It has always been the strongly argued premise in these column spaces that if Sri Lanka’s judiciary had not been subjected to such severe internal undermining and demoralizing during the past decade, there would have been an unwavering moral legal core that would have remained basically intact despite all the encroachment even by an apparently invincible post war executive. Recognising this fact is key to any discussion on accountability.
Indisputably this justice process needs to be primarily driven by Sri Lankans across the ethnic divide and united in their conviction that nothing is more important to their collective survival. Despite all the disquieting signs to the contrary, such awareness does exist. It only needs to be slowly coaxed into open public solidarity.
Varying perceptions of accountability
Meanwhile, at a different but important level, there appears to be an extreme disconnect between varying public perceptions of what accountability means to Sri Lankans in the post war stage. To Arunachalam Jegatheeswaran, (an LTTE ‘sympathizer’ as introduced on Lateline, Australian Broadcasting Corporation, 25th October 2011 though government news reports called him a known LTTE operative) who filed a suit in Australian courts against Sri Lanka’s President Mahinda Rajapaksa, accountability appears to be limited purely to holding the Government responsible for the deaths that took place during the last stages of the conflict. Post 2009, the LTTE appears to be whitewashed by these individuals of its murderous complicity in killing its own civilians.
The Australian Attorney General’s predictable dismissal of Jegatheeswaran’s suit led to jubilant outpourings on the part of some here. Most comically, representatives of one Sinhala extremist organization were seen handing over a bouquet of flowers to the Australian High Commission in thanks while the Ministry of External Affairs issued a statement, ‘welcoming’ and ‘appreciating’ the Australian Government’s stand. In the Sinhala media, it was yet one more mark chalked up for a ‘smilingly’ victorious President, strengthening his apparent aura of invincibility while the Tamil media expressed concern regarding Sri Lanka’s international isolation. With the ratcheted up levels of animosity on both sides, whatever sanity left in public debate decreased even more. Is this what we need right now?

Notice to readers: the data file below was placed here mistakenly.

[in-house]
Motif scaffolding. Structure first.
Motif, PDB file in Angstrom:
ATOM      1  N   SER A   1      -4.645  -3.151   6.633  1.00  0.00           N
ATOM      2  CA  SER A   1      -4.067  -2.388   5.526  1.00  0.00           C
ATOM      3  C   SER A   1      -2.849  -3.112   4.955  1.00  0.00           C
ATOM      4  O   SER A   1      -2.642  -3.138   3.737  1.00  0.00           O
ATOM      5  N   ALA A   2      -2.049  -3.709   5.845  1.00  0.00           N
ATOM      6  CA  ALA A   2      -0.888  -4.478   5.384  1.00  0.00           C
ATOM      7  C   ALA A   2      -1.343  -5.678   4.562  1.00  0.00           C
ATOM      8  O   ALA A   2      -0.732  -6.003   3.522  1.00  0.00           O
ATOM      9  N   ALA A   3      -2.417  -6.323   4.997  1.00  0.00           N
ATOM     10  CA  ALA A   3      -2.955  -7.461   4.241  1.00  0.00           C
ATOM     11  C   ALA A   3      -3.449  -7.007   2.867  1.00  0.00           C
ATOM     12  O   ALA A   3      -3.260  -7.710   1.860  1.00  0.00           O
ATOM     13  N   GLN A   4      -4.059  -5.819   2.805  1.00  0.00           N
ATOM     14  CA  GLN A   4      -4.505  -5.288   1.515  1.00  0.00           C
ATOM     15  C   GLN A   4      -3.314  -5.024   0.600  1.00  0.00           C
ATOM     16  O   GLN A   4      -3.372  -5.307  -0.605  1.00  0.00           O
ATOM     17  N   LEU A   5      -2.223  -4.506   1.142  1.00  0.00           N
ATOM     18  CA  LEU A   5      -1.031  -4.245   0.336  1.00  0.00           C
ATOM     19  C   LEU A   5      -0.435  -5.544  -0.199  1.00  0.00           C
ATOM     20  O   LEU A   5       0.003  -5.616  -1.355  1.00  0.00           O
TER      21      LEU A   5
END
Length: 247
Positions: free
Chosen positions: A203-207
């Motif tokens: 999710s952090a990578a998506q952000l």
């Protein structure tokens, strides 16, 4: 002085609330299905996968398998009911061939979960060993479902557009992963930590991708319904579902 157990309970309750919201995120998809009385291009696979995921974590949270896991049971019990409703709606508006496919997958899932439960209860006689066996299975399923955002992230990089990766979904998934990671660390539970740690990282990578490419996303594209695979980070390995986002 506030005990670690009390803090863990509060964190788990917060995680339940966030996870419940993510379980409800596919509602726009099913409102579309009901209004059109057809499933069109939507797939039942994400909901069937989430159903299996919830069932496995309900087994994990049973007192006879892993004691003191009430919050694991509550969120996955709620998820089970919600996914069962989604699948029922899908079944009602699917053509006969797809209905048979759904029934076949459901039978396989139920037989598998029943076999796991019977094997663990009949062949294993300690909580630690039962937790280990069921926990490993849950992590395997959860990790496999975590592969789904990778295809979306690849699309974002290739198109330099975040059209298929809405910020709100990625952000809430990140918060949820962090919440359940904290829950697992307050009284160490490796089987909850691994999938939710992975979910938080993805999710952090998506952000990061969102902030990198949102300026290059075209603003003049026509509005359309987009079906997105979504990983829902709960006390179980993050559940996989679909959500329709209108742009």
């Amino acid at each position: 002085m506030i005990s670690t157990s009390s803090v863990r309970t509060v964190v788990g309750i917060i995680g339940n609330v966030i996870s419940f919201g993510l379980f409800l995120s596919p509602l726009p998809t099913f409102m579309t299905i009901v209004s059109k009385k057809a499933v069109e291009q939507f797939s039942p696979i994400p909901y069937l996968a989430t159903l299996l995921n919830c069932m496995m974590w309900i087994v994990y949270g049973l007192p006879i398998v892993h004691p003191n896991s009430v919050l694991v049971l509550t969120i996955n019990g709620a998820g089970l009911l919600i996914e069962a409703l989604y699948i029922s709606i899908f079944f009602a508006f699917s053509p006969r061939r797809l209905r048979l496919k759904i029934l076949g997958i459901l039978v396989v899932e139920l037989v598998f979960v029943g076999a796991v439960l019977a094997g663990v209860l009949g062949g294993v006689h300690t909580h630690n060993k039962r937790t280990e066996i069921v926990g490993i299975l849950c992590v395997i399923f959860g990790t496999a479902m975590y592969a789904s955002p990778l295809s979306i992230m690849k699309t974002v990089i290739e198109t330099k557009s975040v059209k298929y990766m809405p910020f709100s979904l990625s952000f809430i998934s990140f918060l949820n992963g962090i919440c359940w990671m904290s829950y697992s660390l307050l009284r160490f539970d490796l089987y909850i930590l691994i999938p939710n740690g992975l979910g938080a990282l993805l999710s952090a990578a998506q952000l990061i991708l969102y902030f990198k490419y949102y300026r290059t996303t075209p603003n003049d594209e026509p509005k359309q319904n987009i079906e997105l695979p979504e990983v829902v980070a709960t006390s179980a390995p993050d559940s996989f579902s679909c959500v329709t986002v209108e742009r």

Urging a larger and inclusive process of justice
In principle, there is no doubt that going beyond Sri Lanka’s shores to demand accountability has come about as a result of the perceived and real failures of local justice. These efforts are not all that new. From ten years back, Sri Lankans of all ethnicities and including a journalist, a teacher of English, a parliamentarian, detainees under terrorism laws and family members of those who had ‘disappeared’ increasingly sought refuge in filing individual communications under international treaty obligations that Sri Lanka had taken on. These efforts did not stop with the 2006 retrogressive Sinharasa decision handed down by the former Chief Justice.
But ultimately the truth as to what happened in Nandikadal has to be part of a larger and more inclusive process of justice in Sri Lanka based on the Rule of Law and seen to be equal in effect to all Sri Lankans. International support, when offered sensitively, is useful. On the other hand, grandstanding in foreign jurisdictions by LTTE sympathizers or operatives as the case may be, achieves precisely the opposite effect. Indisputably this justice process needs to be primarily driven by Sri Lankans across the ethnic divide and united in their conviction that nothing is more important to their collective survival. Despite all the disquieting signs to the contrary, such awareness does exist. It only needs to be slowly coaxed into open public solidarity.